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Nanodosimetric measurements with deuterons

31.01.2011

An essential task of experimental nanodosimetry is the investigation of track structures of ionizing radiation in nanometric biological volumes, e.g. in DNA segments, with respect to the generation of radiation damage which can be attributed to direct ionization events. The essential characteristic quantity of such a track structure is the frequency distribution of the size of ionization clusters, the so-called nanodosimetric spectrum. A volume element, which can be regarded as suitable for this kind of investigation, has the size of a DNA segment and consists of approx. 20 base pairs (i.e. a cylinder with a diameter of approx. 4 nm, a height of approx. 8 nm at a density of 1 g/cm3). Nanodosimetric spectra, which are to be assigned to such a volume element, can be measured in an ion-counting nanodosimeter which is filled with a suitable gas and in which the ions produced by the ionizing radiation are detected after their drift through the gas.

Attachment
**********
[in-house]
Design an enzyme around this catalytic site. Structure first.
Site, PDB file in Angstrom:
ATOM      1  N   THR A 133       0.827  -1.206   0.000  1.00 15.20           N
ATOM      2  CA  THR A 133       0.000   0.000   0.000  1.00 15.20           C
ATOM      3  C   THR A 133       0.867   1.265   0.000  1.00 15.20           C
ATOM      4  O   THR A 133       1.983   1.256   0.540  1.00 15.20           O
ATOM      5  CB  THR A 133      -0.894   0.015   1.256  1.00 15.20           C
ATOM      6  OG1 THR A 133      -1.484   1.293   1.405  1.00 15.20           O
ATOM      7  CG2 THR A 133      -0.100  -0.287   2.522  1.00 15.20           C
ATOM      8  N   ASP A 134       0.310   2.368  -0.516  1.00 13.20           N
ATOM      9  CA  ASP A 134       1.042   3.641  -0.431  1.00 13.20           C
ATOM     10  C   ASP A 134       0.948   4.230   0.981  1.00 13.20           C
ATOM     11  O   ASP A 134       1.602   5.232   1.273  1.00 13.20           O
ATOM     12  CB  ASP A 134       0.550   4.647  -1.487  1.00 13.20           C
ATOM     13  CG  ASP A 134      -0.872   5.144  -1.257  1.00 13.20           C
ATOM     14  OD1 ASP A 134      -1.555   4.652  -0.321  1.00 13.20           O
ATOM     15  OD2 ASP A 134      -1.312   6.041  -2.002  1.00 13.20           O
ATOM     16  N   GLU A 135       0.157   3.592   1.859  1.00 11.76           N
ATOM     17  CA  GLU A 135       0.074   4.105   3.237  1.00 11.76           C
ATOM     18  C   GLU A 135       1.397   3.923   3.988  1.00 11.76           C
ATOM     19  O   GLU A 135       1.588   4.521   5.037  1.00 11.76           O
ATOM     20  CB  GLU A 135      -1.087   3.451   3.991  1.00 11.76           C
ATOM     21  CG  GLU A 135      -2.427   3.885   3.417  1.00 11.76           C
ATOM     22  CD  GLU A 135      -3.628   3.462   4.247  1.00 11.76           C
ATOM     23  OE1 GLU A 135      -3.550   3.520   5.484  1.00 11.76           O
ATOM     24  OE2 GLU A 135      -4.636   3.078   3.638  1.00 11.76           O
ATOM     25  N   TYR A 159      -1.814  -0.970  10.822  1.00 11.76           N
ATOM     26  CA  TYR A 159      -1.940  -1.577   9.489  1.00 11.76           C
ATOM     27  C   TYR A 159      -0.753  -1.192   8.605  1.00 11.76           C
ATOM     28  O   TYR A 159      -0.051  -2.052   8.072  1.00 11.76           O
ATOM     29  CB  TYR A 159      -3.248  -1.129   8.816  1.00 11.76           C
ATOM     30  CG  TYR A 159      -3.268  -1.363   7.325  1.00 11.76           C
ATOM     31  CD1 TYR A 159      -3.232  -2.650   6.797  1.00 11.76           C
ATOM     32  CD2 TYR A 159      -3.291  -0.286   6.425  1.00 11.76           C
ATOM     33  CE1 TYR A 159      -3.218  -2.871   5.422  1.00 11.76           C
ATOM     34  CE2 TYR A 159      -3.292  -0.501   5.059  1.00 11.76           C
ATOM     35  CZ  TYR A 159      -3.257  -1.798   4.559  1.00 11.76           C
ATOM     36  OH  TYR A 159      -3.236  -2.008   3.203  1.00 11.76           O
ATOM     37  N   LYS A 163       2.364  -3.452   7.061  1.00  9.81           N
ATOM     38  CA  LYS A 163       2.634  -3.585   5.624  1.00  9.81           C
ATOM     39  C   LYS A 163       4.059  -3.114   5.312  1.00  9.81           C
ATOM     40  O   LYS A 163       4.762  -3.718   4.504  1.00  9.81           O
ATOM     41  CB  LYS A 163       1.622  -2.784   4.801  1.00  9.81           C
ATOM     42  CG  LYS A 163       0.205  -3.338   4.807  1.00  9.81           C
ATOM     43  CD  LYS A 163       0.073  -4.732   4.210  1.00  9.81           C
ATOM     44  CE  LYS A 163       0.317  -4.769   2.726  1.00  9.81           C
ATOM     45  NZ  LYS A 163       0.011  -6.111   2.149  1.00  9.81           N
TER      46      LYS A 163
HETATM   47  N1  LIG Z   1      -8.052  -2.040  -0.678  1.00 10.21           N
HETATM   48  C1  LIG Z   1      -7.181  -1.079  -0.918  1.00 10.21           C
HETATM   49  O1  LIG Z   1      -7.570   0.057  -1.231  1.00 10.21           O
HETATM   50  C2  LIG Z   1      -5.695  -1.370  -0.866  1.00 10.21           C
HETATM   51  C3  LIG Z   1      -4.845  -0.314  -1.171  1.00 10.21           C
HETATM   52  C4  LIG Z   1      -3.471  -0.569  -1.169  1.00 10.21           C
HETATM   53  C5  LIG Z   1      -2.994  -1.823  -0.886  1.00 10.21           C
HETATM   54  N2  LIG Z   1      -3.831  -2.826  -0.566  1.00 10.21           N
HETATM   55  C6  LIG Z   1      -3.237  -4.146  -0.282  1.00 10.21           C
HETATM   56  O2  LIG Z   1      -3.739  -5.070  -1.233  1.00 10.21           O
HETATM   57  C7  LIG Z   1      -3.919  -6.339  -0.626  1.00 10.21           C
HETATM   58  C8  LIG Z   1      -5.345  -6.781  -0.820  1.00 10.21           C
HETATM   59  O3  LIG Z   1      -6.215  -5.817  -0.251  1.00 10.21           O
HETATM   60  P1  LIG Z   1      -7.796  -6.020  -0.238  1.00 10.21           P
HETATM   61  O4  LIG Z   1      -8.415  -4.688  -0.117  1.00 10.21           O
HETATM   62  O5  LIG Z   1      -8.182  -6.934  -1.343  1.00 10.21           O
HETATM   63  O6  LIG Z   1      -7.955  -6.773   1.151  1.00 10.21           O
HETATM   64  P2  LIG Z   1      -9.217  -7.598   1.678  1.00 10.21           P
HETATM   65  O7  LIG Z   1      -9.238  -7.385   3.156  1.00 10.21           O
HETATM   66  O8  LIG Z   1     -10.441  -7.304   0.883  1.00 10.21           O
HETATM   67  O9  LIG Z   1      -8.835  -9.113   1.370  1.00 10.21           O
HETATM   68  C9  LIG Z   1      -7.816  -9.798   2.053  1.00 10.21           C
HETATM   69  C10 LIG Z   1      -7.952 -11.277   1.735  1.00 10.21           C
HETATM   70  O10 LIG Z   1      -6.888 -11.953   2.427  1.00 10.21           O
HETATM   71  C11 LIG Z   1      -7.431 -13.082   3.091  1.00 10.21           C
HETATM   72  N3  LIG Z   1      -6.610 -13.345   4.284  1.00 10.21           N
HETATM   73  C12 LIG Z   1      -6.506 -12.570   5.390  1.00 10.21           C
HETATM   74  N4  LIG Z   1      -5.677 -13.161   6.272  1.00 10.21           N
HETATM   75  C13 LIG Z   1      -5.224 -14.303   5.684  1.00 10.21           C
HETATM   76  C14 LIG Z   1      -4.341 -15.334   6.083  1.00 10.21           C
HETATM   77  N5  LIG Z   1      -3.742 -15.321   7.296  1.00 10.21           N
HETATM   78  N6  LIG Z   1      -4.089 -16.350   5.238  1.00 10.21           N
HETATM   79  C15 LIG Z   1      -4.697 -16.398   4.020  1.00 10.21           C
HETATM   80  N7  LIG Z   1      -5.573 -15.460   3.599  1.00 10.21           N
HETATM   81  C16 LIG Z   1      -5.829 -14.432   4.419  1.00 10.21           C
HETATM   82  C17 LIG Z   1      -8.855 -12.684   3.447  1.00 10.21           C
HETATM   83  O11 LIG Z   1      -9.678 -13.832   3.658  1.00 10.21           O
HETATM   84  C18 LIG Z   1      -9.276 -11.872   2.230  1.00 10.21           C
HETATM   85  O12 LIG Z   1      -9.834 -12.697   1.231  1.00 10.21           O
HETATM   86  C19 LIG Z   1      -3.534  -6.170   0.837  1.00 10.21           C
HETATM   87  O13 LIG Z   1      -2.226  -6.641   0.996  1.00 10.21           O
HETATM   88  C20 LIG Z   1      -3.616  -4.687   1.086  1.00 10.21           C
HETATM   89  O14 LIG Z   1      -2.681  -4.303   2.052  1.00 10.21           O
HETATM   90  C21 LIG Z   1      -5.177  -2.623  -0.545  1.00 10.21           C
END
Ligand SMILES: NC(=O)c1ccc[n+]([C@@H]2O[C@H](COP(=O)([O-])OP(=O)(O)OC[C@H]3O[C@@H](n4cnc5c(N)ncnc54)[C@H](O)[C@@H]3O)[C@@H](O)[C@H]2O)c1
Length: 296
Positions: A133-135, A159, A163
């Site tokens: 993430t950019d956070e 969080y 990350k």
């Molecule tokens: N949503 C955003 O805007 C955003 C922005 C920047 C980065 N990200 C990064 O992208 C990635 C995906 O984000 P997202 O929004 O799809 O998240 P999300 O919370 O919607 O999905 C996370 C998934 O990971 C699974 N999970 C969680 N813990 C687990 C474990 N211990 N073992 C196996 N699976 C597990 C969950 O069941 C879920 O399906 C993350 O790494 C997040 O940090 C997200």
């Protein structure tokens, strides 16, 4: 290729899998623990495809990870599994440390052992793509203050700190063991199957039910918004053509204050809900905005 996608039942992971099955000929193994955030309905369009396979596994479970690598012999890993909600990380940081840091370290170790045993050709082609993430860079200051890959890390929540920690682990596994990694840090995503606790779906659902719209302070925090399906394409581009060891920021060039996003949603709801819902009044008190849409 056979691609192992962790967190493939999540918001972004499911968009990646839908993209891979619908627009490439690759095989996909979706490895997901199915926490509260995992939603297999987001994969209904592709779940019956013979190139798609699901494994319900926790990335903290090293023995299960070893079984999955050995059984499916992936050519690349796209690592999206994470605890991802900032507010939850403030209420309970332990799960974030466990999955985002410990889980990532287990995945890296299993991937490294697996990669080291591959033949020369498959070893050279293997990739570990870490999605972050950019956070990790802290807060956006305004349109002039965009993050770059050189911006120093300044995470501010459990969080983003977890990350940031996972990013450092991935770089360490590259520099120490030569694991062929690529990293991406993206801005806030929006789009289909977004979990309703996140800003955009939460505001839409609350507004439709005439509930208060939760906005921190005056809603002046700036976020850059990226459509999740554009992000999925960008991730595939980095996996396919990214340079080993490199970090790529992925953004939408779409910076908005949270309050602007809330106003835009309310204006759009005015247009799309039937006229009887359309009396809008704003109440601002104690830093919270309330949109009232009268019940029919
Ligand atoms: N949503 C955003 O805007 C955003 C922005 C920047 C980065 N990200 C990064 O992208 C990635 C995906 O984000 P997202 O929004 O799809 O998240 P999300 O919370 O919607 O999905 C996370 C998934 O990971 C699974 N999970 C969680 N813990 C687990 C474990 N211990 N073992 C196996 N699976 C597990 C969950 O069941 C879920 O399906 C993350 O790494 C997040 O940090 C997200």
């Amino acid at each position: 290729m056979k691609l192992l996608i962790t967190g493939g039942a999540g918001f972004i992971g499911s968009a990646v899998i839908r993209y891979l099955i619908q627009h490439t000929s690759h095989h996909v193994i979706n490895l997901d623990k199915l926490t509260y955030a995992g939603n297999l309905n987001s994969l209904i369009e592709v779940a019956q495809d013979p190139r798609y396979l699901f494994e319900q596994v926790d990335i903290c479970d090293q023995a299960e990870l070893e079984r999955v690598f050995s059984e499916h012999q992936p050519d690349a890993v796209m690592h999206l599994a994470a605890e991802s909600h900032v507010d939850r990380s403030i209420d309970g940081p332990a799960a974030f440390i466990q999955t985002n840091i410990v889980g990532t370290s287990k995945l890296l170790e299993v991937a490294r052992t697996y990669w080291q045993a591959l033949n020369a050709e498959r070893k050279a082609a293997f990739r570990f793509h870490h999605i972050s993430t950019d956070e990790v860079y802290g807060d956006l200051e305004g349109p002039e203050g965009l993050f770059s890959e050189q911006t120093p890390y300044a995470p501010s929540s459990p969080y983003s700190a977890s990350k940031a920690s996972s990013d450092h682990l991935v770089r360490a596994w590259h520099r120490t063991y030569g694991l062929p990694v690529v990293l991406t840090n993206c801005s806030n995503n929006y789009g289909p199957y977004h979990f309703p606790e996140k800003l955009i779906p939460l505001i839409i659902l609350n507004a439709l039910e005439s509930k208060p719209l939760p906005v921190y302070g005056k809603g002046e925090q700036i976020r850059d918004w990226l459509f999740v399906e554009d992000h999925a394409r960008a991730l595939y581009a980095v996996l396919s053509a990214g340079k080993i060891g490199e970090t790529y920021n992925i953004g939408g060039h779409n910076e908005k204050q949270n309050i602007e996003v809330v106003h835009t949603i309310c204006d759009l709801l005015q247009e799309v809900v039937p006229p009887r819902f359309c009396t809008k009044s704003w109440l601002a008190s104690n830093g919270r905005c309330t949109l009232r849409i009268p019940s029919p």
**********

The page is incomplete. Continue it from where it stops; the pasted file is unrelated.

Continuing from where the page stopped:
The stopping power of a substance depends on the type charge state and the energy of the particle being stopped. In the case of ions which have an identical atomic number Z, but a different mass number A - such as, for example, protons (Z = 1, A = 1) and deuterons (Z = 1, A = 2) - the stopping power is identical if the ions have identical velocities. The first moment of the frequency distribution of the size of ionization clusters - the mean ionization cluster size M1(Q) - is proportional to the stopping power. Therefore, M1(Q) should also be identical for ions which have a different mass number A, but an identical atomic number Z if the particle velocity and the charge state are the same.

At the accelerators of PTB, nanodosimetric spectra were measured in monoenergetic proton and deuteron beams in the energy range from 0.1 MeV to 2.5 MeV in C3H8 and N2 at a pressure of 1.2 mbar. The figure shows the comparison of the mean ionization cluster size M1(Q) derived from the measured frequency distribution of the ionization cluster size for primary proton and deuteron beams of different particle velocities vion for the two measurement gases. For both gases, the mean ionization cluster size shows a comparable dependence on the particle velocity. Compared to the values for protons, the measurement data for deuterons are, however, systematically shifted towards smaller values.

Figure : Mean ionization cluster size M1(Q) for the measured frequency distribution of the ionization cluster size for primary proton and deuteron beams of different particle velocities vion for the two measurement gases C3H8 and N2 at a pressure of 1.2 mbar.